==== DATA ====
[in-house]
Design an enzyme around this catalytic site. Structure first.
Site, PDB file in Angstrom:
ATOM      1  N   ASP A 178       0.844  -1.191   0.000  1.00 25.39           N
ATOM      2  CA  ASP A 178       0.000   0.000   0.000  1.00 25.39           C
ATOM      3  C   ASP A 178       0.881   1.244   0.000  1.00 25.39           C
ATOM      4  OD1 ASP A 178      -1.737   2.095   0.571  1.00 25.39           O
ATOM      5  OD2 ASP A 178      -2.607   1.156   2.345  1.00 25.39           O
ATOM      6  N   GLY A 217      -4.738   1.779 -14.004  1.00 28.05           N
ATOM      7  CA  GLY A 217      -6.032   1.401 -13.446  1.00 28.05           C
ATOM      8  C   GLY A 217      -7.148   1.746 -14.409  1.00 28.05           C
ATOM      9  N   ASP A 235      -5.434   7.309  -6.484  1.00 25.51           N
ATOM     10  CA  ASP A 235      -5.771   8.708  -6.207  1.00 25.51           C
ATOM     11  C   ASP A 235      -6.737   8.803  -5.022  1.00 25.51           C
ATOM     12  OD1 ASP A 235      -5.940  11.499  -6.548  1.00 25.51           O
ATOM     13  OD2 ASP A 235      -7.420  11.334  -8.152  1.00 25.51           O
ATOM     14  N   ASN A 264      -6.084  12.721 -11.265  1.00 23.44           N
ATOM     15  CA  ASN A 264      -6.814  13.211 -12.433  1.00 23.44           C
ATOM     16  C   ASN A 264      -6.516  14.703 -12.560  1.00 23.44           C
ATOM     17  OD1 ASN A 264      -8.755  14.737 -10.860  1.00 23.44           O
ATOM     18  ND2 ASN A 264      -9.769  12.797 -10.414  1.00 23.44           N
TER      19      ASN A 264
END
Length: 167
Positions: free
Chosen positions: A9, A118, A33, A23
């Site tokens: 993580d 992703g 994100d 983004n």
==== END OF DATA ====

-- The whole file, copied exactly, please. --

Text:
[in-house]
Design an enzyme around this catalytic site. Structure first.
Site, PDB file in Angstrom:
ATOM      1  N   ASP A 178       0.844  -1.191   0.000  1.00 25.39           N
ATOM      2  CA  ASP A 178       0.000   0.000   0.000  1.00 25.39           C
ATOM      3  C   ASP A 178       0.881   1.244   0.000  1.00 25.39           C
ATOM      4  OD1 ASP A 178      -1.737   2.095   0.571  1.00 25.39           O
ATOM      5  OD2 ASP A 178      -2.607   1.156   2.345  1.00 25.39           O
ATOM      6  N   GLY A 217      -4.738   1.779 -14.004  1.00 28.05           N
ATOM      7  CA  GLY A 217      -6.032   1.401 -13.446  1.00 28.05           C
ATOM      8  C   GLY A 217      -7.148   1.746 -14.409  1.00 28.05           C
ATOM      9  N   ASP A 235      -5.434   7.309  -6.484  1.00 25.51           N
ATOM     10  CA  ASP A 235      -5.771   8.708  -6.207  1.00 25.51           C
ATOM     11  C   ASP A 235      -6.737   8.803  -5.022  1.00 25.51           C
ATOM     12  OD1 ASP A 235      -5.940  11.499  -6.548  1.00 25.51           O
ATOM     13  OD2 ASP A 235      -7.420  11.334  -8.152  1.00 25.51           O
ATOM     14  N   ASN A 264      -6.084  12.721 -11.265  1.00 23.44           N
ATOM     15  CA  ASN A 264      -6.814  13.211 -12.433  1.00 23.44           C
ATOM     16  C   ASN A 264      -6.516  14.703 -12.560  1.00 23.44           C
ATOM     17  OD1 ASN A 264      -8.755  14.737 -10.860  1.00 23.44           O
ATOM     18  ND2 ASN A 264      -9.769  12.797 -10.414  1.00 23.44           N
TER      19      ASN A 264
END
Length: 167
Positions: free
Chosen positions: A9, A118, A33, A23
């Site tokens: 993580d 992703g 994100d 983004n």